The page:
Concept of hacking or phishing with malware programOur Remote PC Support team is getting reports of a new kind of malware making the rounds on the Internet you need to know about:

What the scam looks like
While surfing on the Internet, customers are seeing pop-up windows, or in some cases, entire browser windows with an urgent (and legitimate-looking) virus warning. The warning tells the customer their computer is infected with a virus and that they should call an 800 number for help. DO NOT CALL the number. The message is a phishing scam designed to get users to call and provide credit card information. In fact, the warning is actually the result of the website (or an advertiser network used on the website) being infected by a malicious virus.

What victims have been told
Customers who have called the number were told their computer needed a virus cleaning which would cost several hundred dollars—which could be paid for by providing credit card information. The support team has also been told these scammers sometimes claim they are agents with the customer’s phone or Internet company (in this case, TDS!). These people DO NOT work for TDS. TDS will never ask you to provide any personal or payment information for a request you did not initiate.

How to fix it
Closing your browser and reopening it should remove the warnings, but also check to make sure your anti-virus software is running and up to date. If you ever have a question about whether a warning, phone call, or email is legitimate, call 1-888-CALL-TDS or chat with us.



  1. I fell for it (but didn’t call the number). It also left me with repeated pop-up ads, especially when I went to banking or credit card sites. I got rid of it by uninstalling it in my control panel/programs.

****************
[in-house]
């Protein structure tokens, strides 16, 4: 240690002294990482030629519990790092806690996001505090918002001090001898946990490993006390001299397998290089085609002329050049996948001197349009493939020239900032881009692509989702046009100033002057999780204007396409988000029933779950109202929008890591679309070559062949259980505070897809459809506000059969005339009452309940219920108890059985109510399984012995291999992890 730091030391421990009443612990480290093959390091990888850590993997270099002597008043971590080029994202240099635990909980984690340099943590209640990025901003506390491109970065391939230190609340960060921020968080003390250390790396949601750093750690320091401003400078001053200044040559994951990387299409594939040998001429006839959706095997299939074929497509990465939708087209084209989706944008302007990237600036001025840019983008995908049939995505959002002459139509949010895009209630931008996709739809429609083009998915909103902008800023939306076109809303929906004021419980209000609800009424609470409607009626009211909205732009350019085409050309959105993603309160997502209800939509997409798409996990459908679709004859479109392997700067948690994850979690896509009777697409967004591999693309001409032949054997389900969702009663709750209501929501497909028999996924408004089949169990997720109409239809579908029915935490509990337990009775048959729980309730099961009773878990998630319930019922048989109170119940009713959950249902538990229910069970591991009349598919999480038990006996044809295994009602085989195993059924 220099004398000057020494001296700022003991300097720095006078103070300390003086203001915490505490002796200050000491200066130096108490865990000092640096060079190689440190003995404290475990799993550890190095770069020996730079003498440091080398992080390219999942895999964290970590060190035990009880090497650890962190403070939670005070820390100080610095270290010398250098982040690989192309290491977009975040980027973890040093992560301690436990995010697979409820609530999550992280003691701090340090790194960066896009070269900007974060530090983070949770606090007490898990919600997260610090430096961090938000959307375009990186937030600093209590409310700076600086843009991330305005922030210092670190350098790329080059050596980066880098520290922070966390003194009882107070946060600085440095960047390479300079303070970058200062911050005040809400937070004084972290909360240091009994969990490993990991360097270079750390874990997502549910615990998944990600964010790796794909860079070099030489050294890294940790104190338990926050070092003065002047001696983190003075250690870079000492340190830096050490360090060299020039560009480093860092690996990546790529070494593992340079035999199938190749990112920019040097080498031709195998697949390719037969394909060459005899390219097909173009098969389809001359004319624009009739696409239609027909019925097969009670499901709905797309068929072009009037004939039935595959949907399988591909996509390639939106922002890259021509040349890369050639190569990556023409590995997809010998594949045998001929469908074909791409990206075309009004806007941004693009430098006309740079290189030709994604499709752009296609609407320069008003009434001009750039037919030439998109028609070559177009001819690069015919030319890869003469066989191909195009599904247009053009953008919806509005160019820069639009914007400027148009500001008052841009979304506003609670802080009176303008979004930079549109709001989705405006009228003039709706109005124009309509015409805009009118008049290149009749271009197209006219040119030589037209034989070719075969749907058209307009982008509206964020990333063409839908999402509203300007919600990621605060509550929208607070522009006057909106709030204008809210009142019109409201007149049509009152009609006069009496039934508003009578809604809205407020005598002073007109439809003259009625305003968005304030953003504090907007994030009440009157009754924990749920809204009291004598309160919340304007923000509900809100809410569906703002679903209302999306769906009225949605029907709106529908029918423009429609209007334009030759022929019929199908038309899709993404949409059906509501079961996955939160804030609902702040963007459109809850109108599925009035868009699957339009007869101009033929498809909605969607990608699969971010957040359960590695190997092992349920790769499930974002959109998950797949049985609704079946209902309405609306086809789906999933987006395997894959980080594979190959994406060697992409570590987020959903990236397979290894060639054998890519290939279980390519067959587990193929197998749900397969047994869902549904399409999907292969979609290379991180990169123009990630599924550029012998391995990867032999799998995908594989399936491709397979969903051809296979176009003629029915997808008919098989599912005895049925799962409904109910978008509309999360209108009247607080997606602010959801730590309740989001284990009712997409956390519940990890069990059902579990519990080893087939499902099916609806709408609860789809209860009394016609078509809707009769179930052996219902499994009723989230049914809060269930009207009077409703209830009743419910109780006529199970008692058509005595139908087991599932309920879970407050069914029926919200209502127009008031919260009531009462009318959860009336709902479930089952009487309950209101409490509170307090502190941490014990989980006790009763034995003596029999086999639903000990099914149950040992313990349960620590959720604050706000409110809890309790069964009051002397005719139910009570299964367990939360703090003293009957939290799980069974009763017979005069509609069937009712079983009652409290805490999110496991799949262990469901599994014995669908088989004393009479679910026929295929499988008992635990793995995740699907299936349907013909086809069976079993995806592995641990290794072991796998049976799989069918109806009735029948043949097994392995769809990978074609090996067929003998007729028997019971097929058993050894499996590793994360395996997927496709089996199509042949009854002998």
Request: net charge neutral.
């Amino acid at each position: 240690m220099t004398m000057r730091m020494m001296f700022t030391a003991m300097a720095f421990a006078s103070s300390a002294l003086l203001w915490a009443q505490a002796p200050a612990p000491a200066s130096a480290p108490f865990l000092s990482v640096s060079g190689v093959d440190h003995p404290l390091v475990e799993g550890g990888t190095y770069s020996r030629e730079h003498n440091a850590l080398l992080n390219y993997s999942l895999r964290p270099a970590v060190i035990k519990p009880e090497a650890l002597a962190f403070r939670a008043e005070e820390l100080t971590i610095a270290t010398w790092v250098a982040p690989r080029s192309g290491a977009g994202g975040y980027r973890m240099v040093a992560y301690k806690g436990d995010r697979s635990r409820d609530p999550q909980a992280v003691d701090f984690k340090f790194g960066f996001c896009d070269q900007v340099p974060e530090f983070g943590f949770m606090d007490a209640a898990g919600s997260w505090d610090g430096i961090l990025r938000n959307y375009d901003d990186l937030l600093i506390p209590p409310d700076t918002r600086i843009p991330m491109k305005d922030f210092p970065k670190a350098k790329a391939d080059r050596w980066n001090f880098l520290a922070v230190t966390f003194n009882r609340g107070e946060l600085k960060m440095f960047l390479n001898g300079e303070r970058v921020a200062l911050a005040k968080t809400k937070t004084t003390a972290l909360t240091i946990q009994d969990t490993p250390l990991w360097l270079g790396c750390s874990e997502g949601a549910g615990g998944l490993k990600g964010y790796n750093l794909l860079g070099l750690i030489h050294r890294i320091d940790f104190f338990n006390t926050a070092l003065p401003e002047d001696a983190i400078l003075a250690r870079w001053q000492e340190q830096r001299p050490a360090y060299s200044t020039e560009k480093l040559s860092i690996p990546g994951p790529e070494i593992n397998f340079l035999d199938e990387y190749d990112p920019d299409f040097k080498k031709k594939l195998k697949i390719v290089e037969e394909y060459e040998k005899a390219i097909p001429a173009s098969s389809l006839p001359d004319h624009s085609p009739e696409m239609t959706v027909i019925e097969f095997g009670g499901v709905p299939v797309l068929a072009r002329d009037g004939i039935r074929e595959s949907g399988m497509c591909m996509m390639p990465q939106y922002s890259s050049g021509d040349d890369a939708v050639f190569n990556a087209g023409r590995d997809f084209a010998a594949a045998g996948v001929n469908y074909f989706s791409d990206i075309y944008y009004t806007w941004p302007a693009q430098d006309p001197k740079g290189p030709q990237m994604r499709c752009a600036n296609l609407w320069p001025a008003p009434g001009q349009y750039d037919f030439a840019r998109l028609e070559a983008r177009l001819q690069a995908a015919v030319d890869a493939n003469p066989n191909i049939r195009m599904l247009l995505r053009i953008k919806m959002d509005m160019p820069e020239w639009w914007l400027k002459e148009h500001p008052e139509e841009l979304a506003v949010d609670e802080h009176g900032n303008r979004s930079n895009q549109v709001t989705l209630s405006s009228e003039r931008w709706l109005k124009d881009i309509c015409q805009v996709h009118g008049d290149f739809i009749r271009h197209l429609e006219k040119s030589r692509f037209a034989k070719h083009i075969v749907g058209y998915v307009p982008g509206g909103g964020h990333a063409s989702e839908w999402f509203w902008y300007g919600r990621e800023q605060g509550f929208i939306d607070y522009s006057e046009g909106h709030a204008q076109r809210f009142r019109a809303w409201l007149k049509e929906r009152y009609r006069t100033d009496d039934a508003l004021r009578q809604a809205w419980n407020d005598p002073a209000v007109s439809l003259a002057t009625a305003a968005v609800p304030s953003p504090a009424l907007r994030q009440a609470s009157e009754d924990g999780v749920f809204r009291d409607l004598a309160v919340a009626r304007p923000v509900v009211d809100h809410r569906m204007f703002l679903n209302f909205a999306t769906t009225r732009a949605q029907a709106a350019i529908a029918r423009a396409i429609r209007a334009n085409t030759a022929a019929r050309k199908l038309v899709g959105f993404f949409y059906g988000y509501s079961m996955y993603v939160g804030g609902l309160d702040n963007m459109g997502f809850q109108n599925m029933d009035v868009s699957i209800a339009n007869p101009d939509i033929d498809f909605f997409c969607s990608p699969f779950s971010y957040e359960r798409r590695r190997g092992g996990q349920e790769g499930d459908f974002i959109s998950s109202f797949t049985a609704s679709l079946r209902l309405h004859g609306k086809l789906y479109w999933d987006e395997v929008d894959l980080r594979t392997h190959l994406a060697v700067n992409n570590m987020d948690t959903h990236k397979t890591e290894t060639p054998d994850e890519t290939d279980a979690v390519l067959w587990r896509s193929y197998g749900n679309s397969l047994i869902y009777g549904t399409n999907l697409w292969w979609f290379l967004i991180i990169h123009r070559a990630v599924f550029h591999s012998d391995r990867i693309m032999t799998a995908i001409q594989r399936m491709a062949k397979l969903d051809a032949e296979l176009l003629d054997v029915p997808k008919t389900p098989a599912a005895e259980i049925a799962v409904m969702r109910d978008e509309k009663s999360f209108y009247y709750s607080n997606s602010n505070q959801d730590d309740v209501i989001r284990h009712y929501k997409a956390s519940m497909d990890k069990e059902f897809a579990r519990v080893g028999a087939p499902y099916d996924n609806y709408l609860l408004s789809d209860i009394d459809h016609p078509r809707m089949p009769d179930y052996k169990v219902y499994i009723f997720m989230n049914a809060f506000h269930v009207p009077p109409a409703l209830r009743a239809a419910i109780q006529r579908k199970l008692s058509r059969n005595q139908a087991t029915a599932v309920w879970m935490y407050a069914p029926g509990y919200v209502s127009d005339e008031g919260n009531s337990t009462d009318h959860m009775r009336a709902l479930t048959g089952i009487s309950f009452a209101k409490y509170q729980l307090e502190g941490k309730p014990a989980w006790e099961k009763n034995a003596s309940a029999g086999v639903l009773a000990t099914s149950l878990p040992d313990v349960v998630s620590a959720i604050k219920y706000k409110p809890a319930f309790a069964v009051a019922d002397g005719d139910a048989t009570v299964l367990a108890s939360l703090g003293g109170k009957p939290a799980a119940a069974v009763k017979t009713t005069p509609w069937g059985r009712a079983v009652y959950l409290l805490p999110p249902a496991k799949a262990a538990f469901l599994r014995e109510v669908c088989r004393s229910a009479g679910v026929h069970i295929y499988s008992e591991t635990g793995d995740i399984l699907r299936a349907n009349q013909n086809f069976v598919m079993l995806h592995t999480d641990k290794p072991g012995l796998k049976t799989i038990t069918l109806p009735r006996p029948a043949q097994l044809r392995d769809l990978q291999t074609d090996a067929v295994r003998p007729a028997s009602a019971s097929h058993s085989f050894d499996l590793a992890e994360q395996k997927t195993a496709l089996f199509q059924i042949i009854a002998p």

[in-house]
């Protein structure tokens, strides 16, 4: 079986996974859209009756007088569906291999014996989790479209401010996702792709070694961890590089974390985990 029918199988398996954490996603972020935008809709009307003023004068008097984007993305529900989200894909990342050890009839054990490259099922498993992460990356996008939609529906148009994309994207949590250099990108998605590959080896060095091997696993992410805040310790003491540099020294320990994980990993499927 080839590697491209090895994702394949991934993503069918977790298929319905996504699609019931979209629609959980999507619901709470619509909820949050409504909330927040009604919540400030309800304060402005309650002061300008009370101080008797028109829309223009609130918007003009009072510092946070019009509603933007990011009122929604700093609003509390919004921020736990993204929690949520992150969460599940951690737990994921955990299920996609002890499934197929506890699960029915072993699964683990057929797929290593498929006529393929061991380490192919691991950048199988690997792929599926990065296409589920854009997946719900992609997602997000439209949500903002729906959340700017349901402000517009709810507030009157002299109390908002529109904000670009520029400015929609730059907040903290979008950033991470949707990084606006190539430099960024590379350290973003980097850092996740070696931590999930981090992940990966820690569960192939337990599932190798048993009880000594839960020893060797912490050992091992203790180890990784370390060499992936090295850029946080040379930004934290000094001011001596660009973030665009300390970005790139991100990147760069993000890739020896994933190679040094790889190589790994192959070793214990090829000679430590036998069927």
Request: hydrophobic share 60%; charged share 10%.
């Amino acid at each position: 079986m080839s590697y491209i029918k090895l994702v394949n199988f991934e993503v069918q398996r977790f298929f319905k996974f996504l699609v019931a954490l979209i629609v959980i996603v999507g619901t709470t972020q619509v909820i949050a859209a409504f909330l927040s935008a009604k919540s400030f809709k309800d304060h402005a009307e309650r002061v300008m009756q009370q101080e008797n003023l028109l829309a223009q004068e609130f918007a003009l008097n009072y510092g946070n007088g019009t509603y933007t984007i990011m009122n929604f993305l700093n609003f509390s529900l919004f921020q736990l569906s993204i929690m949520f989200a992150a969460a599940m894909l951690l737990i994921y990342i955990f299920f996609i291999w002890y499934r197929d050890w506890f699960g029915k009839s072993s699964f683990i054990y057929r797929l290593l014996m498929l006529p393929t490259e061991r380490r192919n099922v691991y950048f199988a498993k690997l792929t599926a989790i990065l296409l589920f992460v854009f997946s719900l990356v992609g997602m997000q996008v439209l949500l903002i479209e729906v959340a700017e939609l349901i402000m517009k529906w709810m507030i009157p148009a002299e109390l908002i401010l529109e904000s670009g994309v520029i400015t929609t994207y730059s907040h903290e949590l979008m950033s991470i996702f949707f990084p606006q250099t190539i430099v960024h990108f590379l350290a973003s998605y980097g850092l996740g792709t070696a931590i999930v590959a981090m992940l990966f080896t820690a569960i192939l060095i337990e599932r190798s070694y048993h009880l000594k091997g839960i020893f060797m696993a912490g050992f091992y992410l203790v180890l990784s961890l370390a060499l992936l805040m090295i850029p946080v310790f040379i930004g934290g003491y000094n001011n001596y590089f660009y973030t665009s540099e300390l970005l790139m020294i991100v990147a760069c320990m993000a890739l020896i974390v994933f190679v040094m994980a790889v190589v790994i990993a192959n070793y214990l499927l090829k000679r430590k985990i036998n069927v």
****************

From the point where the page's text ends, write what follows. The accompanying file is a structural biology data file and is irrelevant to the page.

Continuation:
2. I say to catch the Bastards, and then take them into the street and shoot Em……Enough is enough. Why can’t these assholes make an honest living????

  3. Because they like to play the psychobabble head game with unsuspecting people by putting the fear of the computer gods in them. Their attitude is probably, Why work when I can psychologically scare them & get easy $$$? It’s a sick world out there & it’s buyer beware. Thank you TDS for the information. An informed customer.

  4. I think it’s funny how TDS is talking about anti scammers, when they themselves are scammers.

  5. EatMeScammerA-Holes

    I like to call the number back and fuck with them–I ask how they sleep at night, knowing that they make a living screwing old people out of their life savings. I use obscenities a lot and they say, “M’am, you’re being recorded. Please watch your language…” To which I tell them I don’t give a fuck if they’re recording me, because they’re the ones committing a crime, not me. I also call sometimes and speak jibberish for a while—I figure the more time you fuck with them, the less time they have to spend on a call trying to steal money from the elderly. Sometimes I just call and repeatedly play that red “BOOOOM!” button from the movie “Inception” Better yet—tie up their time if you’re bored and have half an hour to kill. Call them and keep them on the line by pretending that you don’t understand their instructions, or tell them that what they’re telling you to do isn’t working. You can keep them on indefinitely if you really want to. I also tell them I’m reporting them to the FBI or something else, and they usually hang up at that point. They called me back just now, and I kept them on the line for 5 minutes speaking a foreign/non-existent made-up language til someone else whispered to this bitch, “It’s that lady again”–at which point they hung up. ROFLMFAO!!!!!!!!

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